Similarly, I can’t convince them that their ideas come from only a tiny proportion of scientific spokespeople and that the vast majority are emphatically supportive of vaccines. One of the reasons my ideas are dismissed is that there are far more anti-vaccination pages online than there are pro-vaccination pages. This makes it appear as though there are more people that agree with the anti-vaxxers than there really are. (Philip Ball, Nature.com) This relatively small group is now reaching out to a much larger number of people who are unsure what to think, and the sheer volume of messages becomes persuasive in itself.

You could argue that the majority of scientists could be wrong and that the minority are maverick dissenters who may ultimately be proven to be right. Well that could be so, but are you willing to risk someone’s health and life on such a shaky foundation? I hope not.

Here is a link to a short and simple guideline by Western Libraries for evaluating sources of information. It is the CRAAP Test, and the acronym stands for Currency, Relevance, Authority, Accuracy, and Purpose. (https://researchguides.ben.edu/source-evaluation)


  1. I agree with the article, and have believed for some time that we believe what we believe first and google to prove we’re right. Also that, to some degree, being right is also attached to our very survival. (All those personal development books say it anyway). I’m the one who posted the video about vaccines but I’m not against them, I just feel like the voice that offers alternatives has been mostly silenced by the bigger outlets. I’m not for one blanket answer and I also believe, as you say so well, I won’t change anyone’s mind one way or the other. For me I, as usual, fall in the middle. If I’m at high risk of dying from Covid, I’m all in on the vaccine, If I’m young, healthy and have a 99.8% chance of surviving, I might go the preventative route of wearing a mask, social distancing and taking lots of immune vitamins. I do worry about the unknowable long term affects of this vaccine on the young and healthy, and I do search until I find evidence to agree with that take even if it’s page 12. I know one thing for sure is that all of us want fewer deaths and healthier people and for this damn thing to go away asap.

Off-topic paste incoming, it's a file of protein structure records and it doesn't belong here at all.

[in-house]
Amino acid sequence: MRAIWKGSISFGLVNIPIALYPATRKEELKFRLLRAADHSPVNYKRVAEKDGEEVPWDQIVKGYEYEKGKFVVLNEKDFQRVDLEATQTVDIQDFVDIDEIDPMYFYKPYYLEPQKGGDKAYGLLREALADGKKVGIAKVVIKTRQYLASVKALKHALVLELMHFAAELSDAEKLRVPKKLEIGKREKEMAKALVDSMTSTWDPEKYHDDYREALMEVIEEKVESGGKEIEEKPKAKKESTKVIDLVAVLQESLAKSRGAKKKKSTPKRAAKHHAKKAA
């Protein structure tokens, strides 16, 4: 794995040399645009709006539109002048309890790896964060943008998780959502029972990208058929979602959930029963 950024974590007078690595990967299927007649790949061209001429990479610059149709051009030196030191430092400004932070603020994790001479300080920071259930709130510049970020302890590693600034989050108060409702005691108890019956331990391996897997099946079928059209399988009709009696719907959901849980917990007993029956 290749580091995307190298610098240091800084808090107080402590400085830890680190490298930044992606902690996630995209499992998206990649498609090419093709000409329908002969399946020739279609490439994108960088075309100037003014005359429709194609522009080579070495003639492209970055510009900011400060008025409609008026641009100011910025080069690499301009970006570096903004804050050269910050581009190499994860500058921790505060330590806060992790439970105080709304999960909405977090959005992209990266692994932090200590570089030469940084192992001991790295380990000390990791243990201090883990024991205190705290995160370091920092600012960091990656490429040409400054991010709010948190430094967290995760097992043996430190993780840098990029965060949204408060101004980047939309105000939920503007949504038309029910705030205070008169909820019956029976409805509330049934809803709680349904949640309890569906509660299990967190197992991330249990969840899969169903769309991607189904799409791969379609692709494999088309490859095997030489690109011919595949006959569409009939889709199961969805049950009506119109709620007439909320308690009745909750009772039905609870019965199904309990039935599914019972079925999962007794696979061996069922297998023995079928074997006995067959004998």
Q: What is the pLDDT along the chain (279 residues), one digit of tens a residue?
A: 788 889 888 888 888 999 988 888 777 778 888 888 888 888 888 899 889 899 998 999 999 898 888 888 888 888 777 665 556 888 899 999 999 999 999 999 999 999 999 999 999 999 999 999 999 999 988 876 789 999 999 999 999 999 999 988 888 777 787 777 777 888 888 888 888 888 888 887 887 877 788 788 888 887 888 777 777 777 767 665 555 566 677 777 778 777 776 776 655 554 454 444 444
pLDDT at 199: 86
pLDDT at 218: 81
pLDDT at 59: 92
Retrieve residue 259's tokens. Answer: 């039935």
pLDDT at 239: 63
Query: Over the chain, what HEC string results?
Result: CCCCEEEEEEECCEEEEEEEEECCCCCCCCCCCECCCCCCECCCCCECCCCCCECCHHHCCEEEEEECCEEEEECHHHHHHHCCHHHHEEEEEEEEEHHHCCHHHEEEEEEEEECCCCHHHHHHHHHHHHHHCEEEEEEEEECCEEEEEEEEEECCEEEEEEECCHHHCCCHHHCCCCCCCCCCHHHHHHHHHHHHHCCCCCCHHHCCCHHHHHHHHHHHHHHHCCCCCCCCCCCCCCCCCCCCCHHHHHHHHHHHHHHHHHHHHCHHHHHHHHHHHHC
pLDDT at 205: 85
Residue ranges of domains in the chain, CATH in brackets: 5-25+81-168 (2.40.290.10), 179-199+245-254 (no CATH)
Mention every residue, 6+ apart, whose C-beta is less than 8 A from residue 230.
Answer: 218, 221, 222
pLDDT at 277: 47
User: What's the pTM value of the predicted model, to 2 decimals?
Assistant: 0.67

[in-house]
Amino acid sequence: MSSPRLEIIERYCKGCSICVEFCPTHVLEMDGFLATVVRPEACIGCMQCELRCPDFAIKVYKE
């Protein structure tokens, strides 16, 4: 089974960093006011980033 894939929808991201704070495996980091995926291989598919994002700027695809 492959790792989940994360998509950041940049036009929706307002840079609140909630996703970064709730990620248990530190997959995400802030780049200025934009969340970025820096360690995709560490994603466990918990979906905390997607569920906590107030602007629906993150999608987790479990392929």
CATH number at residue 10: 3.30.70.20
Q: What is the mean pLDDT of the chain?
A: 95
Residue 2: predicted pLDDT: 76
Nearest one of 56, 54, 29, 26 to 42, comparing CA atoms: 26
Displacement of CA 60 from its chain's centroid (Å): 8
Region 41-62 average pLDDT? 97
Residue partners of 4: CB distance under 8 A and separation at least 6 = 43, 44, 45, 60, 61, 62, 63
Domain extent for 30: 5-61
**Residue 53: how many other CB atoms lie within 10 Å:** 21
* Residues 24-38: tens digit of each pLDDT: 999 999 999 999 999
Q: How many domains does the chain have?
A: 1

1. My “as you say so well” comment is not sarcastic or derogatory in anyway…it should have been better stated “and as you, and the article both say…I won’t change anyone’s mind”.